It may seem like a curious strategy, but Hewlett-Packard Canada has announced the sixth and last of its initial set of Smart Office solutions for small and medium businesses, but partners won’t be selling it for several weeks.
The delay is due to HP’s strategy of waiting for partners be
certified to sell under its new Smart Office Solutions program. “”We’ll have some ready to go within the next month and a half, two at the most,”” Geoff Kereluik, HP Canada’s vice-president of SMB, said in an interview.
Once certified the VARs will be identified in some HP marketing, he said. But the real publicity won’t come until October, when the company will make another round of solution announcements.
“We want to have a solid contingent of partners for each one of these solutions, and then we can publicly announce a list of all the partners that are certified,” he said.
In May HP Canada announced the creation of six categories of hardware, software and security products under the Smart Office name to be sold through the channel by certified VARs.
They are client protection and security, data backup and recovery, mobile workforce, self-marketing, collaboration suite and wireless workforce.
The latest, a wireless workforce solution, was revealed last week. It includes a wireless LAN assessment service, installation, an HP nx82220 notebook, ProCurve 420 wireless access point, a Jetdirect ew2400 wireless print server and an HP digital projector. Package prices start at $8,999 depending on configuration.
At the beginning of the month it announced a mobile wireless package of hardware in partnership with Rogers Wireless Inc. as the wireless service provider.
Kereluik hopes to have about 10 VARs in each of the six categories, some national solution providers and some local HP partners.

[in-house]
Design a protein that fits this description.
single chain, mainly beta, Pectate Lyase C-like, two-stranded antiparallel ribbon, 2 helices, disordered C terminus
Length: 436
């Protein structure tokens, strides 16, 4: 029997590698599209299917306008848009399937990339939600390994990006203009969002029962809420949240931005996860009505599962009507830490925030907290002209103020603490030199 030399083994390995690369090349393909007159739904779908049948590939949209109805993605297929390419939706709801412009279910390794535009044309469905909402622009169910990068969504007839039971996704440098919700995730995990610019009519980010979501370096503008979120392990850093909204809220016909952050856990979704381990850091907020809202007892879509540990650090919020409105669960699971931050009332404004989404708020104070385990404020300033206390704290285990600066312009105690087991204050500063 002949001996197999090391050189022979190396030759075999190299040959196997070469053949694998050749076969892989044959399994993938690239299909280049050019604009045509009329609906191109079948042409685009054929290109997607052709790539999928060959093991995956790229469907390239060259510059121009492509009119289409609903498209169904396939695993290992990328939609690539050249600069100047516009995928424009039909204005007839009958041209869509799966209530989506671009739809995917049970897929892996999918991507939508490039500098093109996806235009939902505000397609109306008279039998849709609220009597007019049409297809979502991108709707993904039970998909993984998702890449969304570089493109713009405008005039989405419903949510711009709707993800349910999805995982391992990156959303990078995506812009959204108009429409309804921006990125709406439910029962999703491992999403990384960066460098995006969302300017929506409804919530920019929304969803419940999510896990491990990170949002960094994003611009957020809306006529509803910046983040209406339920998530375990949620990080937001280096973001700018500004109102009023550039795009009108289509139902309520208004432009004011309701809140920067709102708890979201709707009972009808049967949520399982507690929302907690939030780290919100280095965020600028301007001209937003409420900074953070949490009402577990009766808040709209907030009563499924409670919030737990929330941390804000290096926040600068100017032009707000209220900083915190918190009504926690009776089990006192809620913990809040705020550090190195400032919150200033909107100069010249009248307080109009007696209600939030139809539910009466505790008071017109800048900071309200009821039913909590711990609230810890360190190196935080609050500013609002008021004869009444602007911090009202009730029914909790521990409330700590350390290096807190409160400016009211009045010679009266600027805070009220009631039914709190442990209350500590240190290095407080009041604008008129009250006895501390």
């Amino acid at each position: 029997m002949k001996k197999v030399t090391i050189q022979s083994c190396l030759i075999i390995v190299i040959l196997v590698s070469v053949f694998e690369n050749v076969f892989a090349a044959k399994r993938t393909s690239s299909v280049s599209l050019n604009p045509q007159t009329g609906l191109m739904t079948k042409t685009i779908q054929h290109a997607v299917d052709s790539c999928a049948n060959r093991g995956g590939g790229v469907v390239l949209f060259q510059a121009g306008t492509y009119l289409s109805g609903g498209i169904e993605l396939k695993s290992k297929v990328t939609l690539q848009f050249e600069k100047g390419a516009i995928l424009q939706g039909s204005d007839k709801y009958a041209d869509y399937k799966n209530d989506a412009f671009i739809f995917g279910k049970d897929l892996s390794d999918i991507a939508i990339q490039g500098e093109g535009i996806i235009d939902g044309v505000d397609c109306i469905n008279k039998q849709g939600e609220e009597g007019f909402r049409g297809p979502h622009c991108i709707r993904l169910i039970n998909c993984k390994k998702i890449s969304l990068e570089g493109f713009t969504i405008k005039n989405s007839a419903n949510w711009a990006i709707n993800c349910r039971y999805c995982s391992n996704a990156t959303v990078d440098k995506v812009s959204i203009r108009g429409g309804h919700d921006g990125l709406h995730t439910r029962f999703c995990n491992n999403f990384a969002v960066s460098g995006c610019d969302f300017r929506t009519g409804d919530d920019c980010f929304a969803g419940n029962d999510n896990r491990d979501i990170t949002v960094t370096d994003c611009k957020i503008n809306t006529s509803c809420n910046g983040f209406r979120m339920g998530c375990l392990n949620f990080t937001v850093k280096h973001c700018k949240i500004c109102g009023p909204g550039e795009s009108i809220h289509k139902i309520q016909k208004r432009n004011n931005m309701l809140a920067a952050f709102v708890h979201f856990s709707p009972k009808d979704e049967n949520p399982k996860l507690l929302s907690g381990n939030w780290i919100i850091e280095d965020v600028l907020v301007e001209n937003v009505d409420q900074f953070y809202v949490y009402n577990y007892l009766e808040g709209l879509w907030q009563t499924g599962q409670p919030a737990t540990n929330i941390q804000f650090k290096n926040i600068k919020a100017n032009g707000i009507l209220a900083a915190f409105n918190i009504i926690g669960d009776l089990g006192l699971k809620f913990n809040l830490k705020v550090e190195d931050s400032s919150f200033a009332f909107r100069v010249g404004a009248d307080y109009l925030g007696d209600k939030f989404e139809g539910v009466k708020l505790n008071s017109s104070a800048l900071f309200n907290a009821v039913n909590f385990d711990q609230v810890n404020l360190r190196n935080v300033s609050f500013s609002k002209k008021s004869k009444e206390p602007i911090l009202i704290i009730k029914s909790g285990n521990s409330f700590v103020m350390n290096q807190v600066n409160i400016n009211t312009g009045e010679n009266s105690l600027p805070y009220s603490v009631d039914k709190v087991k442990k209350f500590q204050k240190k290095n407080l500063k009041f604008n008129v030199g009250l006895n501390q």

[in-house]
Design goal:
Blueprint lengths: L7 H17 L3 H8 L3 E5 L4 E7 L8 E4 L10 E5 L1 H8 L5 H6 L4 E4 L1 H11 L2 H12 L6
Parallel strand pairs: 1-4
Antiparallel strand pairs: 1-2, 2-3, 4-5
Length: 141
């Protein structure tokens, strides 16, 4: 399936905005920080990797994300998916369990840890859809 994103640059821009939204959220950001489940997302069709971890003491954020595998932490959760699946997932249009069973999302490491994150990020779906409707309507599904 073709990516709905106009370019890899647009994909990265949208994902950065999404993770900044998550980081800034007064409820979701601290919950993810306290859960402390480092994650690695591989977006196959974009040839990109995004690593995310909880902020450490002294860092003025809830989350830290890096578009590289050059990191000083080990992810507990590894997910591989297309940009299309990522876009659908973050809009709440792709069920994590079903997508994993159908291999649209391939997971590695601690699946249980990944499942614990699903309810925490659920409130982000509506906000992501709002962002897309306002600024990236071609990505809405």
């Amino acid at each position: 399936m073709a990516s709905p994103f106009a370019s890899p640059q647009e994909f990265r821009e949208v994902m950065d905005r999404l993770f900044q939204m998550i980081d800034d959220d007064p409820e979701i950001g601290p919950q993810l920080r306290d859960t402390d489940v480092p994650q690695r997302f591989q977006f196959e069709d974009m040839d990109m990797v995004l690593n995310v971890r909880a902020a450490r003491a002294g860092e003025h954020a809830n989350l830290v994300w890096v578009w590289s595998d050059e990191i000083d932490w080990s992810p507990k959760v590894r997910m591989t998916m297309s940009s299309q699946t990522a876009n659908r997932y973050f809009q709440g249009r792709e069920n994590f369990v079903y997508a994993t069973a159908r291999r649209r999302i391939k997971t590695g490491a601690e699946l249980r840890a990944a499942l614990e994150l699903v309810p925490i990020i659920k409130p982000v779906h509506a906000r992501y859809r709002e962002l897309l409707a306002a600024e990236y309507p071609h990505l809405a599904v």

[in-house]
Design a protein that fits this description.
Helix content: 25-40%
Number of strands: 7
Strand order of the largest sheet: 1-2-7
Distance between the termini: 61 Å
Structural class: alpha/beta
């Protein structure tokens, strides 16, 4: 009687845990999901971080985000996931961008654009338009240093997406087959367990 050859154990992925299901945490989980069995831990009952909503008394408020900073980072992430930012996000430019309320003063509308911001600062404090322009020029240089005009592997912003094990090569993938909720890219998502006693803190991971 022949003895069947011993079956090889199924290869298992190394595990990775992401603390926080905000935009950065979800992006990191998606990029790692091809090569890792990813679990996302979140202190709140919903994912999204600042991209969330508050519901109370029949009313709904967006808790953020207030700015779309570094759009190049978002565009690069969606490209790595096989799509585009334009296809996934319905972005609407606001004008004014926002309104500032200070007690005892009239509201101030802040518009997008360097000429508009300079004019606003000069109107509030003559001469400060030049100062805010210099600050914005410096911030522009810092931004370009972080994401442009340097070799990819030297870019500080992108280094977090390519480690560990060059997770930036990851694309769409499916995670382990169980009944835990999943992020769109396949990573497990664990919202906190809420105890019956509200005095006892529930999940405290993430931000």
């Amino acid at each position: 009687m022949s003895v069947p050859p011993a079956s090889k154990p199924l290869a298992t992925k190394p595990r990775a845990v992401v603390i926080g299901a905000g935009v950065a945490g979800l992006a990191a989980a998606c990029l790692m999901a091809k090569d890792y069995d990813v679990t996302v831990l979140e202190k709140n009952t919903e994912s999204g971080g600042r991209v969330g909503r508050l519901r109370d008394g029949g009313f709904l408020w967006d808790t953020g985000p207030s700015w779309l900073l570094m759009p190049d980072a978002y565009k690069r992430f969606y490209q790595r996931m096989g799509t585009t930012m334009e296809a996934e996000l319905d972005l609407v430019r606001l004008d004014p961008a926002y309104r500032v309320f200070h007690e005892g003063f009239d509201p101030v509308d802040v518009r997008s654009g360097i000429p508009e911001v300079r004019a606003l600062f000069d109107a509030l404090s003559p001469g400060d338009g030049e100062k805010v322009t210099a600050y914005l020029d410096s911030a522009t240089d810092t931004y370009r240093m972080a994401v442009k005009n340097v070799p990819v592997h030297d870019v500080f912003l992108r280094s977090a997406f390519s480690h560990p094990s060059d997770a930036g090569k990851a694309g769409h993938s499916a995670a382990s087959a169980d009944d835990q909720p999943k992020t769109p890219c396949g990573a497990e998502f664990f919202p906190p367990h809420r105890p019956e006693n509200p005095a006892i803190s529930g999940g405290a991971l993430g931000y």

The channel is key to selling these solutions, he said, for partners will be needed for implementations. In addition, there could be customization opportunities for VARs as well, he added. (While services can be HP-branded, sold and delivered by partners, they can also be sold by partners but delivered by HP’s services staff — it’s up to the reseller.)
However, he acknowledged that there has been more enthusiasm for some certifications than others. Demand for self-marketing and collaboration solution certifications has been lower than expected, so HP is looking for and approaching suitable candidates.
Not all Smart Office-certified VARs have to be HP partners to apply, he said.
While other vendors select a small number of resellers to be beta partners for new programs, Kereluik said HP decided not to go that route because it can generate jealousy.
Announcing solutions first and waiting for VARs to apply for certification is a way of “leveling the playing field, and leaving it up to the partners who comes to the table first.”
“It’s a very partner-centric approach, as opposed to an HP approach,” he said.
HP also wanted to “create some excitement in the partner community,” he added. That strategy will continue in October when not only will the certified partners in the existing six categories be announced, a new group of solutions will be revealed for which another group of partners will be expected to apply before being allowed to sell.
That way Smart Office announcements will be a form of “recruitment engine,” Kereluik said.